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Physical wellness includes nutrition, sleep, and exercise.

Employees who improve their physical health through diet, exercise, and adequate sleep can reduce the health risks associated with work in a public safety and emergency services field such as obesity, high blood pressure, high blood sugar, excess body fat, and abnormal cholesterol.

Strategies for physical wellness also often support an effective stress management and self-care plan.

Components of good physical health work together to support the whole. The following information can be shared with your department through expanded education, or as part of one-on-one discussions addressing wellness.

Nutrition

Sleep

Exercise

Nutrition

Recognizing the link between nutrition and health and wellness can reap substantial benefits, including maximizing job performance, individual health, and community safety. Choosing healthy food in times of stress can lead to clearer thinking, increased energy, and better overall health.

On-the-go options

Some practical tips to help with nutrition to give employees, or to have available within your department, include having easy, healthy meal options ready to go, assembling meals in advance to make it easier to eat healthy foods with an unpredictable and shifting schedule, and keeping healthy snacks in the department and in squads or fire engines. When time constraints prevent advanced meal preparation, departments can post a list of favorite, healthy meal options at local restaurants and grocery stores that employees can rely on during their shifts. Finding a good balance of diet and exercise is not about a temporary diet, but about an overall healthy lifestyle.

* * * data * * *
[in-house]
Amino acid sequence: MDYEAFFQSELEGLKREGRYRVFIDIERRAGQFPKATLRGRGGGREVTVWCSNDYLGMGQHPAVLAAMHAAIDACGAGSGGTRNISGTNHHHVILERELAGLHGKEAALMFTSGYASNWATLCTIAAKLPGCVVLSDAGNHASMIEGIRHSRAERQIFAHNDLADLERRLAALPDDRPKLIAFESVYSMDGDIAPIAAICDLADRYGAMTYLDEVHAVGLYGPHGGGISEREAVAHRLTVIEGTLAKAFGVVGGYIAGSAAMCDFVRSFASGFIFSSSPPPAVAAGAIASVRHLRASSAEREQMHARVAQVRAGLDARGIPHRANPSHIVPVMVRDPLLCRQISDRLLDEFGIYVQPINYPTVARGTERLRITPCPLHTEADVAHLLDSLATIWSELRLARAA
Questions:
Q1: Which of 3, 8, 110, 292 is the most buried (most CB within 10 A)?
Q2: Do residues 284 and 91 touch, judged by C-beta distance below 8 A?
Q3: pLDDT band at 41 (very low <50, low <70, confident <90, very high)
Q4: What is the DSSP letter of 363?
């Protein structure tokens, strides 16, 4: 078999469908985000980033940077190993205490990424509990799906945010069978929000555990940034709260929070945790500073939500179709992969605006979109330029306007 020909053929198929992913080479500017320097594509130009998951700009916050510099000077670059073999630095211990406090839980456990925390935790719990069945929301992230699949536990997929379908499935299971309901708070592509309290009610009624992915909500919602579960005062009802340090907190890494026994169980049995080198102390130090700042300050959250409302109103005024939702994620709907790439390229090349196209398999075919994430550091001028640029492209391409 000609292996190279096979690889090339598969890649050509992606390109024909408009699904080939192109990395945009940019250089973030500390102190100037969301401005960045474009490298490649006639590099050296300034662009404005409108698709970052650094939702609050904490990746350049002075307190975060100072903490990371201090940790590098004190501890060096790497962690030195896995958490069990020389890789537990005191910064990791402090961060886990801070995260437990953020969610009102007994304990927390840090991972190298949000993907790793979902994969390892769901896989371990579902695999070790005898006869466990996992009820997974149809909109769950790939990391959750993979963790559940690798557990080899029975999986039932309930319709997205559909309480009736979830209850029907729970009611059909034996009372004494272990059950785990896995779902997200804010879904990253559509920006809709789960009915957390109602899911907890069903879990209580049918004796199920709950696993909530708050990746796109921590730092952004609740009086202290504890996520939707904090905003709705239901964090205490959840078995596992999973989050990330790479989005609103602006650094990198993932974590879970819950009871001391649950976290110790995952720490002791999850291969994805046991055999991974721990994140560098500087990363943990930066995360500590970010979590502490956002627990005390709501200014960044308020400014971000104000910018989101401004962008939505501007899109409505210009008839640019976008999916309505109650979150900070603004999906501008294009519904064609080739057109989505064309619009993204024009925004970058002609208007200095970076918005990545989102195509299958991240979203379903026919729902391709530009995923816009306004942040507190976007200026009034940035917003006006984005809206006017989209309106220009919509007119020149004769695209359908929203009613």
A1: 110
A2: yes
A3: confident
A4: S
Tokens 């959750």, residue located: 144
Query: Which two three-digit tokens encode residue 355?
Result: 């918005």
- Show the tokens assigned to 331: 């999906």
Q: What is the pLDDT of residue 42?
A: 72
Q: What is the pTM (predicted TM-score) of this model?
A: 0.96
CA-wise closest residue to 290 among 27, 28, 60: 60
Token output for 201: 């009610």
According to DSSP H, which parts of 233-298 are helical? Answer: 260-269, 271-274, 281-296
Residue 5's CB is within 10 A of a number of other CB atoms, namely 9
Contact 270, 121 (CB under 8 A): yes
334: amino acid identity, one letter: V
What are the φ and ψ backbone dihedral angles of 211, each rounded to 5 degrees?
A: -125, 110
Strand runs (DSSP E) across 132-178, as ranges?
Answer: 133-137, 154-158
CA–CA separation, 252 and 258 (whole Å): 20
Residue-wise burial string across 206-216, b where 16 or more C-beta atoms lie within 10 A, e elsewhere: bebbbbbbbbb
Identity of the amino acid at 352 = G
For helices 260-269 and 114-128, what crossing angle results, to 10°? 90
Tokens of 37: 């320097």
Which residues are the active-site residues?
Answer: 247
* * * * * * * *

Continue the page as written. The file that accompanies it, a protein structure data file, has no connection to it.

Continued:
Water

Water deficiency is the most common nutritional deficiency in the American population. Water is essential to myriad functions including: delivering oxygen to cells, transporting nutrients, cushioning joints, regulating body temperature, and empowering healing processes. Most significantly, proper hydration prevents a number of health issues such as blood pressure concerns, irregular heartbeat, heat stroke, kidney stones, etc.